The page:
Skydiving? Zip-lining? Volcano-boarding? Yes, say thrill-seekers, and there’s a reason.
Every adrenaline junkie knows the feeling: Heart pounding. Hands trembling. Blood racing. And then all of a sudden—flying. Plunging through the air, 18,000 feet above the earth, clinging to a parachute that could by all means fail. Hurtling 50 miles an hour down a 1,600-foot volcanic slope, on a “volcano board” popularized by young adventurers. Whooshing down white-water rapids on a flimsy raft. Or being strapped into a zero-gravity roller coaster and preparing to whirl upside down, again and again. Thrill-seekers crave that rush; they thrive on it.
Other factors are psychological and rooted in personality. Thrill-seekers tend to be creative folks who like to make up their own minds. “They’re energetic and self-confident,” Farley says. “And they feel in control of their fate. When they climb Mt. Everest, they figure they’re going to come back. If someone tells them not to do it, that sounds like a rule, so away they go.”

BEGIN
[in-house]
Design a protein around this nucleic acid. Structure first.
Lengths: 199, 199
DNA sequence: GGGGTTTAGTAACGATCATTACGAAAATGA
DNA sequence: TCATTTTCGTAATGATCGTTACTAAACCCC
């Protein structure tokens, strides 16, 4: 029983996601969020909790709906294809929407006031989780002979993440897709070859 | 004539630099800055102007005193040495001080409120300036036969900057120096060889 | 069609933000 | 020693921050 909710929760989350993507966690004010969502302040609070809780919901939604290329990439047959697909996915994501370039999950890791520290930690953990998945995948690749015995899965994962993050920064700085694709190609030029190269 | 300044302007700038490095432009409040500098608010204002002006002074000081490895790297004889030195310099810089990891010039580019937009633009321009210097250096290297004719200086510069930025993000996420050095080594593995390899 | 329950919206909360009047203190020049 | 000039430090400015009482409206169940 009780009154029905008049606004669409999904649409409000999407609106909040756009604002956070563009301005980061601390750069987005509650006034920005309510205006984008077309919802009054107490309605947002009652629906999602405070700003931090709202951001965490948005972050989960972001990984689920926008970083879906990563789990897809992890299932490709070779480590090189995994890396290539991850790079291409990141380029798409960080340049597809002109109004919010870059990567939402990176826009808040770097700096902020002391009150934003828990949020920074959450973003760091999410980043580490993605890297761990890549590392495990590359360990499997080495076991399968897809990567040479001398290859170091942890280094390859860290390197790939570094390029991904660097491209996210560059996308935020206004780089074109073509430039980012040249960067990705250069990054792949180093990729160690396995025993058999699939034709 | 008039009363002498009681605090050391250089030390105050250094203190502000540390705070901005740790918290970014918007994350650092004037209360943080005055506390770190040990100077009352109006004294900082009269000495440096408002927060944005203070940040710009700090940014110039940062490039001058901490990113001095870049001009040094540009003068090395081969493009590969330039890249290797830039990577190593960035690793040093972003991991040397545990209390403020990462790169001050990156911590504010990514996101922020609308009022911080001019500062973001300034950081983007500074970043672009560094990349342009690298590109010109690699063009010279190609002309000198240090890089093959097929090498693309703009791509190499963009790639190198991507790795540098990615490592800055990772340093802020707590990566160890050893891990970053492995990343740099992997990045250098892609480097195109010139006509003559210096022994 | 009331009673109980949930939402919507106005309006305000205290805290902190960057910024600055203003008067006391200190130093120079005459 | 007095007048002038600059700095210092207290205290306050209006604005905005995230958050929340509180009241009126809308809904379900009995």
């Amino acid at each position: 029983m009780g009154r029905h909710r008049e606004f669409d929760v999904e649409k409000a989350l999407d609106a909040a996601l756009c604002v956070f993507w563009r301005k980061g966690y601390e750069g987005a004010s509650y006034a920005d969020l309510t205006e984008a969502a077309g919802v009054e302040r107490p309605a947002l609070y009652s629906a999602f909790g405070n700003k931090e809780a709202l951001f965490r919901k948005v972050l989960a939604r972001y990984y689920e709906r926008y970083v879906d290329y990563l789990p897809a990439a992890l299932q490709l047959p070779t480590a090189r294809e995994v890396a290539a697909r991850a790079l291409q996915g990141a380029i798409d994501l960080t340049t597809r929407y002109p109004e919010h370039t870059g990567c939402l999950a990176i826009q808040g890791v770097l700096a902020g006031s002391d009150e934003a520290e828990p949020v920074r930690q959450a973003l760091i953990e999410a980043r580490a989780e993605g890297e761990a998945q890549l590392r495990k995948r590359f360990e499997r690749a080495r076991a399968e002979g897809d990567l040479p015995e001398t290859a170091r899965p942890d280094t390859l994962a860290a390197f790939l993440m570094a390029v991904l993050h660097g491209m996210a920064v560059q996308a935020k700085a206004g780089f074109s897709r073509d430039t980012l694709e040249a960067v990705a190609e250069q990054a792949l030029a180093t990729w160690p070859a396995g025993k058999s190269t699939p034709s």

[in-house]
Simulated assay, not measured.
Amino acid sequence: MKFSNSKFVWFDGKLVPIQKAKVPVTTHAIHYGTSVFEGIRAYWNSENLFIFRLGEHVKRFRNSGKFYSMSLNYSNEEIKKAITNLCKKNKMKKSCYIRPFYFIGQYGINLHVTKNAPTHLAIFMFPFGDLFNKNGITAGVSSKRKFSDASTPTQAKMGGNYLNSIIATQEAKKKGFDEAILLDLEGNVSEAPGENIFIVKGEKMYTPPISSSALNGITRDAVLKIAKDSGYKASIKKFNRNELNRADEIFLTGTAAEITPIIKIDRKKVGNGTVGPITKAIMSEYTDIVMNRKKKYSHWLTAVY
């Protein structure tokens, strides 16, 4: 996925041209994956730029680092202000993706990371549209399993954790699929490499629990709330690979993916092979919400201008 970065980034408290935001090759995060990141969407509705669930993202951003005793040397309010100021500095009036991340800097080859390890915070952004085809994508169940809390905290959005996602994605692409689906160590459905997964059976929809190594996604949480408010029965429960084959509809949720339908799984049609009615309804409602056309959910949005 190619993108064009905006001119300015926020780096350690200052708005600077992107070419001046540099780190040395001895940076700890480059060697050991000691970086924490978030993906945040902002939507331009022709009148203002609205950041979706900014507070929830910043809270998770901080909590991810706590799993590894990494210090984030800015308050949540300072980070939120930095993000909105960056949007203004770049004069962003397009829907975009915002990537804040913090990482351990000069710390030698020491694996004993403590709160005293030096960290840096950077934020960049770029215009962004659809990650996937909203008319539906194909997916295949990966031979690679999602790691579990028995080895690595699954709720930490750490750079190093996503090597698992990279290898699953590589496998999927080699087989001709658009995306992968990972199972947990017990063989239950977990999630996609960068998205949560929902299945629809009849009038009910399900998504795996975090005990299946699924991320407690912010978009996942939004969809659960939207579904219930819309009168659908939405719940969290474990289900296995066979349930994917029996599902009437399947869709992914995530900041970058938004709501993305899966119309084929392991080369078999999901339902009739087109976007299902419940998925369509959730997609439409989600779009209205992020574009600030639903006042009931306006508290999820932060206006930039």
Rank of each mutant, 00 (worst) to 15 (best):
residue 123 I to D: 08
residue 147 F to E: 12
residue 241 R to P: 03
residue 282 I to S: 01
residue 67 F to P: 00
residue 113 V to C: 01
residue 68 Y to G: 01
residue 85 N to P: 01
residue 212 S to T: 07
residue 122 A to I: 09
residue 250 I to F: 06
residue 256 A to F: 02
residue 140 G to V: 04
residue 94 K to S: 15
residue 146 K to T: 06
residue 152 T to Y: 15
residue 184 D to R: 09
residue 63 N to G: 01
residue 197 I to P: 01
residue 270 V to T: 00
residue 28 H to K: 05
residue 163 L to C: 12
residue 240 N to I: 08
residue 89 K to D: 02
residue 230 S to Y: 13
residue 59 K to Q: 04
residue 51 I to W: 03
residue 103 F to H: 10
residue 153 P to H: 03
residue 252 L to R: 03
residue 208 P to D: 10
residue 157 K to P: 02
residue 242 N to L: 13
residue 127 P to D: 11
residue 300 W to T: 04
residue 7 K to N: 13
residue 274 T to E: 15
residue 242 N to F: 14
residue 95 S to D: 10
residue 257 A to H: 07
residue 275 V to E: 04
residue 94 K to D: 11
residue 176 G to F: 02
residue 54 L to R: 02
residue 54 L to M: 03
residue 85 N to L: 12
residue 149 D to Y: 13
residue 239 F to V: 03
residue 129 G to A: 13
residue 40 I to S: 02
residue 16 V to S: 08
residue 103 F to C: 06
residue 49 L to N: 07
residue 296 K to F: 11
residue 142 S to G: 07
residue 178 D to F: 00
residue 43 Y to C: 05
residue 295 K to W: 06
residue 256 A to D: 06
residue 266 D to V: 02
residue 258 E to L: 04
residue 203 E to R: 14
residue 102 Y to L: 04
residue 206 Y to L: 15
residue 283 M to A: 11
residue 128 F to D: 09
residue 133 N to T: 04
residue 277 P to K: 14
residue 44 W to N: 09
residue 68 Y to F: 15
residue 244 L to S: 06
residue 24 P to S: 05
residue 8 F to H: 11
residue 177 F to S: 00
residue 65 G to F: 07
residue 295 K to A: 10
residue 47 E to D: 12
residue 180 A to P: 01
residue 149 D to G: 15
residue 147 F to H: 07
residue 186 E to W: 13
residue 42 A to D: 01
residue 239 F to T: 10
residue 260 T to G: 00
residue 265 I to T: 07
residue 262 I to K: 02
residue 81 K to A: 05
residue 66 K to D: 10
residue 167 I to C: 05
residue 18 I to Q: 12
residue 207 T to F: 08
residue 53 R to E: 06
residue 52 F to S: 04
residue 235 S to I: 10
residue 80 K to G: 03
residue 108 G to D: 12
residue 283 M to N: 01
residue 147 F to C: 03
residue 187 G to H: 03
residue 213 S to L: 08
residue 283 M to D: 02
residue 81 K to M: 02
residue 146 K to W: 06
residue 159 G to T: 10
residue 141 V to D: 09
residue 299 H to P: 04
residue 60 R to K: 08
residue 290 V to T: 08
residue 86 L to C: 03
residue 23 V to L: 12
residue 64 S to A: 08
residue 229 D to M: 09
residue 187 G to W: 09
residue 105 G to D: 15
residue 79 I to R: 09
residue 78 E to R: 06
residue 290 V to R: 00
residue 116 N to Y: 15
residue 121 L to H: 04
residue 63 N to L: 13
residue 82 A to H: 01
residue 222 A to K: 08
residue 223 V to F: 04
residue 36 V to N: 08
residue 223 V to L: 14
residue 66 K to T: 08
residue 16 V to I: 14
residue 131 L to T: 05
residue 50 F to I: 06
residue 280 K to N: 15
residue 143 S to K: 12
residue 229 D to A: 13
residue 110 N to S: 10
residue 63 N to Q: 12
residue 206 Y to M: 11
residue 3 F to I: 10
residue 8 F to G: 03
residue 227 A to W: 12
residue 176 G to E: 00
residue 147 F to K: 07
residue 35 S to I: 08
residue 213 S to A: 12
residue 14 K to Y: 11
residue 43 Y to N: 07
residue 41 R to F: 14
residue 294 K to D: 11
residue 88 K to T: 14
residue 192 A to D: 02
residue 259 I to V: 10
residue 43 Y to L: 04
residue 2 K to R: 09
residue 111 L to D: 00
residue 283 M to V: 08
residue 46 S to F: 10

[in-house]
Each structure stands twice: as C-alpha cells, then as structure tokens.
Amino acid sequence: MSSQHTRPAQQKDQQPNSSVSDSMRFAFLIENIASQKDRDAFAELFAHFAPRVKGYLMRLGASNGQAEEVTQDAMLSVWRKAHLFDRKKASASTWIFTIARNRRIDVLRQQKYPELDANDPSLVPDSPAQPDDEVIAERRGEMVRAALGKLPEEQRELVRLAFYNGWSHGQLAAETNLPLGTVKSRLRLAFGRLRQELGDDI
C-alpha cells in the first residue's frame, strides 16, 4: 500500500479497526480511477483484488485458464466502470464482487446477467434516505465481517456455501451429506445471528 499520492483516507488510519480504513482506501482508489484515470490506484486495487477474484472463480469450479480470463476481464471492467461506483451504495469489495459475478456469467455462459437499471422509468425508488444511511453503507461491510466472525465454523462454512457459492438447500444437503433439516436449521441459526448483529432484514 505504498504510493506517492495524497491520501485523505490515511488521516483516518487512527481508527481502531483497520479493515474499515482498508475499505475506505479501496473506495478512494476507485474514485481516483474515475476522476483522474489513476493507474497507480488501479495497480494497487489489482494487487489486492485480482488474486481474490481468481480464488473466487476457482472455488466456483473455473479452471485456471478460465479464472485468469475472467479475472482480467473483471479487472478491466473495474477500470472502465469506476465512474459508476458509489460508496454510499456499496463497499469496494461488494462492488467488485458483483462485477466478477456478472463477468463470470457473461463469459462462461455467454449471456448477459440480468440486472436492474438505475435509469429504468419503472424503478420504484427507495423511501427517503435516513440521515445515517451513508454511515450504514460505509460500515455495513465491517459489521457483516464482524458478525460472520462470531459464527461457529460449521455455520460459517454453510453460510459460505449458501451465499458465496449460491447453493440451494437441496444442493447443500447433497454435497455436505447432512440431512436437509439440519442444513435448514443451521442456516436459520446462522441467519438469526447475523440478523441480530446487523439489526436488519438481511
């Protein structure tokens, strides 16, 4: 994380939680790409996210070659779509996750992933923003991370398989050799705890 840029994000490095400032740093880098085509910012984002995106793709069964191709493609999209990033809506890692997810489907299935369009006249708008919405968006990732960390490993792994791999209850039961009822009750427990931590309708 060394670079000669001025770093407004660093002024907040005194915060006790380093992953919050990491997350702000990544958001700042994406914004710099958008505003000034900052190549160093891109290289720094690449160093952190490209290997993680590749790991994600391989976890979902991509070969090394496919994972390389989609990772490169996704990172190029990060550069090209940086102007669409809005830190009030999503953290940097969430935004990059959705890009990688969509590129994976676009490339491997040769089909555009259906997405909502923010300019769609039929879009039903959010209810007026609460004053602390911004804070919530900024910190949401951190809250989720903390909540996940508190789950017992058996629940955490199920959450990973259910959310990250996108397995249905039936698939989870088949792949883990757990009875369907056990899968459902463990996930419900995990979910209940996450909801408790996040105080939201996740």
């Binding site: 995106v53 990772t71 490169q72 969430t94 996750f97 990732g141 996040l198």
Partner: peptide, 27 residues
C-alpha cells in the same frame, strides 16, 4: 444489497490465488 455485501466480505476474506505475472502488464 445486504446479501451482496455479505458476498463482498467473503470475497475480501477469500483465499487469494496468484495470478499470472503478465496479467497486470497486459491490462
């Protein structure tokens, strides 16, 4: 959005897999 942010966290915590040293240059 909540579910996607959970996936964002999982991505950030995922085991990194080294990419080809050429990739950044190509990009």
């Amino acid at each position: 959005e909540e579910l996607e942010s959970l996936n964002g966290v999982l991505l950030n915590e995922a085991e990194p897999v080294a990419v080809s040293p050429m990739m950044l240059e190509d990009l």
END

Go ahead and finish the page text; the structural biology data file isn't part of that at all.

Case in point, Franny is a videographer who is an adrenaline junkie who is always searching for her next thrill.